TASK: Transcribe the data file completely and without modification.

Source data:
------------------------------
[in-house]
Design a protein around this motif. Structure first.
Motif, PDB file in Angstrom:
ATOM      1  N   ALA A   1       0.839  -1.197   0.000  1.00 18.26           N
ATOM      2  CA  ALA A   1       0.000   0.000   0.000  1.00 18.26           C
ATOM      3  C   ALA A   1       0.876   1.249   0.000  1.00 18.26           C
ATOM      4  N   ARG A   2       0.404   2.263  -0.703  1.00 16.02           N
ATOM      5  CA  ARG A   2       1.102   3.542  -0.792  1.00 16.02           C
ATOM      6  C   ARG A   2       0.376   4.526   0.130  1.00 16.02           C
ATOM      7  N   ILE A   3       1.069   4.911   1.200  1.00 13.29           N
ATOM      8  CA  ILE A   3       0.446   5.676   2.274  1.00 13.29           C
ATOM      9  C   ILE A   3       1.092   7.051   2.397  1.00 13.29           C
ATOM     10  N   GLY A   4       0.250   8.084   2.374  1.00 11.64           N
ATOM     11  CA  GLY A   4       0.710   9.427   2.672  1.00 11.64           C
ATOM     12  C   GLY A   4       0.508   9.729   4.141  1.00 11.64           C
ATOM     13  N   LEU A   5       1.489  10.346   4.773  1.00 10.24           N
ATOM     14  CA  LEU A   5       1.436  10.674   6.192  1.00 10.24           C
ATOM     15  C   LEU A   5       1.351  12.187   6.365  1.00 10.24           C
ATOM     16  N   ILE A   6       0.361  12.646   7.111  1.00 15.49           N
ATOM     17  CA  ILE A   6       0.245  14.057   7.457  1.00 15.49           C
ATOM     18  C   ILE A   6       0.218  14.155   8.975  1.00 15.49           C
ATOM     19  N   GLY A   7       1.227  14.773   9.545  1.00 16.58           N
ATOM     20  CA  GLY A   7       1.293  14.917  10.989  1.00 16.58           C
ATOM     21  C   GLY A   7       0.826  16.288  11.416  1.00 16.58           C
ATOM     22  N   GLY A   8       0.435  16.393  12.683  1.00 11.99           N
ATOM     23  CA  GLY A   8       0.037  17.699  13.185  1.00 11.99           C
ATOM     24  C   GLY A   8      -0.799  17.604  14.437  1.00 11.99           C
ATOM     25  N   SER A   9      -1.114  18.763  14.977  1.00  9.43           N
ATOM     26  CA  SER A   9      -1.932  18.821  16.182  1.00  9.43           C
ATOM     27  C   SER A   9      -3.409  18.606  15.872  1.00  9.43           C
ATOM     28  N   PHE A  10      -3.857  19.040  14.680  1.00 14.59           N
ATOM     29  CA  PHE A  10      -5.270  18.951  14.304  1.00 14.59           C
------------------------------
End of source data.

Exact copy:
[in-house]
Design a protein around this motif. Structure first.
Motif, PDB file in Angstrom:
ATOM      1  N   ALA A   1       0.839  -1.197   0.000  1.00 18.26           N
ATOM      2  CA  ALA A   1       0.000   0.000   0.000  1.00 18.26           C
ATOM      3  C   ALA A   1       0.876   1.249   0.000  1.00 18.26           C
ATOM      4  N   ARG A   2       0.404   2.263  -0.703  1.00 16.02           N
ATOM      5  CA  ARG A   2       1.102   3.542  -0.792  1.00 16.02           C
ATOM      6  C   ARG A   2       0.376   4.526   0.130  1.00 16.02           C
ATOM      7  N   ILE A   3       1.069   4.911   1.200  1.00 13.29           N
ATOM      8  CA  ILE A   3       0.446   5.676   2.274  1.00 13.29           C
ATOM      9  C   ILE A   3       1.092   7.051   2.397  1.00 13.29           C
ATOM     10  N   GLY A   4       0.250   8.084   2.374  1.00 11.64           N
ATOM     11  CA  GLY A   4       0.710   9.427   2.672  1.00 11.64           C
ATOM     12  C   GLY A   4       0.508   9.729   4.141  1.00 11.64           C
ATOM     13  N   LEU A   5       1.489  10.346   4.773  1.00 10.24           N
ATOM     14  CA  LEU A   5       1.436  10.674   6.192  1.00 10.24           C
ATOM     15  C   LEU A   5       1.351  12.187   6.365  1.00 10.24           C
ATOM     16  N   ILE A   6       0.361  12.646   7.111  1.00 15.49           N
ATOM     17  CA  ILE A   6       0.245  14.057   7.457  1.00 15.49           C
ATOM     18  C   ILE A   6       0.218  14.155   8.975  1.00 15.49           C
ATOM     19  N   GLY A   7       1.227  14.773   9.545  1.00 16.58           N
ATOM     20  CA  GLY A   7       1.293  14.917  10.989  1.00 16.58           C
ATOM     21  C   GLY A   7       0.826  16.288  11.416  1.00 16.58           C
ATOM     22  N   GLY A   8       0.435  16.393  12.683  1.00 11.99           N
ATOM     23  CA  GLY A   8       0.037  17.699  13.185  1.00 11.99           C
ATOM     24  C   GLY A   8      -0.799  17.604  14.437  1.00 11.99           C
ATOM     25  N   SER A   9      -1.114  18.763  14.977  1.00  9.43           N
ATOM     26  CA  SER A   9      -1.932  18.821  16.182  1.00  9.43           C
ATOM     27  C   SER A   9      -3.409  18.606  15.872  1.00  9.43           C
ATOM     28  N   PHE A  10      -3.857  19.040  14.680  1.00 14.59           N
ATOM     29  CA  PHE A  10      -5.270  18.951  14.304  1.00 14.59           C